New Mexicans traveled from all over the state to Albuquerque’s Indian Pueblo Cultural Center on Tuesday to hear the U.S. Bureau of Land Management explain a new environmental protection rule. (Photo by Megan Gleason / Source NM)
New Mexico rancher Bret Riley is concerned a new federal rule that the U.S. Bureau of Land Management wants to set in place could interfere with his agricultural business.
Leroy Romero, a retired electrical engineer, didn’t know much about the proposed rule until recently but has questions about how it’ll affect his outdoor hunting and mountain biking activities.
Wildlife attorney Sally Paez says the federal regulation would only be procedural and would set guidance for conserving beautiful wildlife areas in the state.
BLM officials, the ones trying to enact the rule, say this policy would address gaps in the agency’s conservation management efforts while balancing activities on public lands as climate change intensifies.
This was explained on Tuesday in front of a crowd of New Mexicans gathered in a room at the Indian Pueblo Cultural Center in Albuquerque. They were there to hear how federal leaders want to enact a new conservation rule that would affect public lands in the state and across the country.
There are two more public meetings about the proposed rule, one on June 1 in Nevada and another virtual meeting on June 5.
Gordon Toevs, BLM associate state director, said this rule stems from a legal obligation for the federal agency to conserve public lands through the Federal Land Policy and Management Act, passed by Congress in 1976.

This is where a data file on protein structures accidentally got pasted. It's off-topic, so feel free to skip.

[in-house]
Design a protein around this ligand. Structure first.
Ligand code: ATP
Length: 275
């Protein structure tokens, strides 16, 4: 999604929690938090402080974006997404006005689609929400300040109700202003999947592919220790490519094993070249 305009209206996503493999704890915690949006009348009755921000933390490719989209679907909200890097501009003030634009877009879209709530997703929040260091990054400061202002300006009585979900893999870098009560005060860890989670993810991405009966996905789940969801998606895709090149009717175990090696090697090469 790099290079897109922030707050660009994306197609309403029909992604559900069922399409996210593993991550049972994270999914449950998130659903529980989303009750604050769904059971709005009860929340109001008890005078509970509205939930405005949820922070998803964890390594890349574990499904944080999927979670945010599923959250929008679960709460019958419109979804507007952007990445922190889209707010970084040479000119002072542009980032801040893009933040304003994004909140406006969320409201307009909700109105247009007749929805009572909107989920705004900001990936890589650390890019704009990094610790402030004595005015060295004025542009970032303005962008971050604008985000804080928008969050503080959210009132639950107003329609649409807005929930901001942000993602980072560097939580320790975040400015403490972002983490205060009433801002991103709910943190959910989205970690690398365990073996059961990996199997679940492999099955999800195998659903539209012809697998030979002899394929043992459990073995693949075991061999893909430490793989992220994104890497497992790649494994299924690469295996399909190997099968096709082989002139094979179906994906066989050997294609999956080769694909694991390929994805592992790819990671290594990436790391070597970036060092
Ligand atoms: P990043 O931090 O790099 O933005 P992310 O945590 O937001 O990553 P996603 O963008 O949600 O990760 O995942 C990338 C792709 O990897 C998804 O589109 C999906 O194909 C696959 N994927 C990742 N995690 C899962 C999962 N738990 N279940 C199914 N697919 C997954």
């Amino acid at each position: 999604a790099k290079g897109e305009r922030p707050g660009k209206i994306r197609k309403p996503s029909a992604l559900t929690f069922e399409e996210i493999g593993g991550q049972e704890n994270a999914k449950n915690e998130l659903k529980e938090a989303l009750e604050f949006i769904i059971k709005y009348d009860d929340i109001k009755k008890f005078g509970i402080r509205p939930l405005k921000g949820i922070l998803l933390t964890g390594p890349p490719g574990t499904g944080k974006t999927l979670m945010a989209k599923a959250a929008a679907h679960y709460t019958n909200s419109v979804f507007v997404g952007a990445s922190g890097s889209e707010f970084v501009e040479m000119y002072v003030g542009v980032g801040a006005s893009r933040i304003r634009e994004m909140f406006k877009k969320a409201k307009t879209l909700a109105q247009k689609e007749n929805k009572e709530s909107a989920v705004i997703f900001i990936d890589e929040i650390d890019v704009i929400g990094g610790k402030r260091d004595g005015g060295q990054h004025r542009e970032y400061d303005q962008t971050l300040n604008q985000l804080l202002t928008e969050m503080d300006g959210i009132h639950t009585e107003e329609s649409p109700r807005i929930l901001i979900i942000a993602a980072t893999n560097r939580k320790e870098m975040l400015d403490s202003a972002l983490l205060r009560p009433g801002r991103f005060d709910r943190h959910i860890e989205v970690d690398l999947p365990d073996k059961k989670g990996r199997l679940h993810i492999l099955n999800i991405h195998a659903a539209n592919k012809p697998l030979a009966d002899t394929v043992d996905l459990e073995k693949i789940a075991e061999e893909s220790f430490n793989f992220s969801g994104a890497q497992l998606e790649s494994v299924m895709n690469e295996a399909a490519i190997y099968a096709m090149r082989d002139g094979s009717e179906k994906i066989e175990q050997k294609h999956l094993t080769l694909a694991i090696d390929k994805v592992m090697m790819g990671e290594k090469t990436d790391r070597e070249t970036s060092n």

He said it’s taken decades for the federal land management bureau to think about how to fill the gaps in conservation efforts that have never really been clear or consistent in the past.
So the land management agency published its proposed Public Lands Rule in April, with a goal to sustain and protect environments consistently throughout the U.S.
Bureau of Land Management leaders want to do this a few different ways, including protecting landscapes that are already healthy, restoring damaged landscapes and consulting with Indigenous communities.
This would impact over 13 million acres of public land in New Mexico that the BLM oversees. Much of it is taken up with permits for oil and gas extraction, renewable energy purposes, agricultural work and open space recreation.
Controversy around conservation leasing
One of the major components of the proposed rule is conservation leasing, which would allow organizations to lease public lands in order to do restoration work. This would work similarly to the federal bureau’s grazing leases for ranchers or energy companies applying for leases to do oil and gas exploration.
This leasing process is a hot topic in the proposed rule from the U.S. Bureau of Land Management. Many ranchers, including those at the meeting in Albuquerque, voiced concern that this is just a way to get rid of grazing permittees.
Toevs addressed this upfront. He said conservation leasing is often misunderstood and well-managed grazing is a key component of the Federal Land Policy and Management Act.
“This is not something that’s new, but it’s something that we have learned over the years on where we have gaps and where we need to have clarity about how we administer what Congress has asked us to do,” he said about the conservation efforts.
A conservation lease that conflicts with any other permit, like a grazing lease, wouldn’t be approved, according to a BLM factsheet.
Brian St. George is the bureau’s deputy assistant director for resources and planning. In a scenario where an organization applies for a conservation lease when a grazing permit is up for renewal, St. George said the BLM would, in most cases, consider if the conservation lease is compatible with the grazing lease first and foremost.
“It is not a mechanism to override valid existing rights, privileges or authorizations that exist on public lands today,” St. George said. “We see many uses to be compatible with and complimentary to the idea of a conservation lease in pursuit of restoration and mitigation.”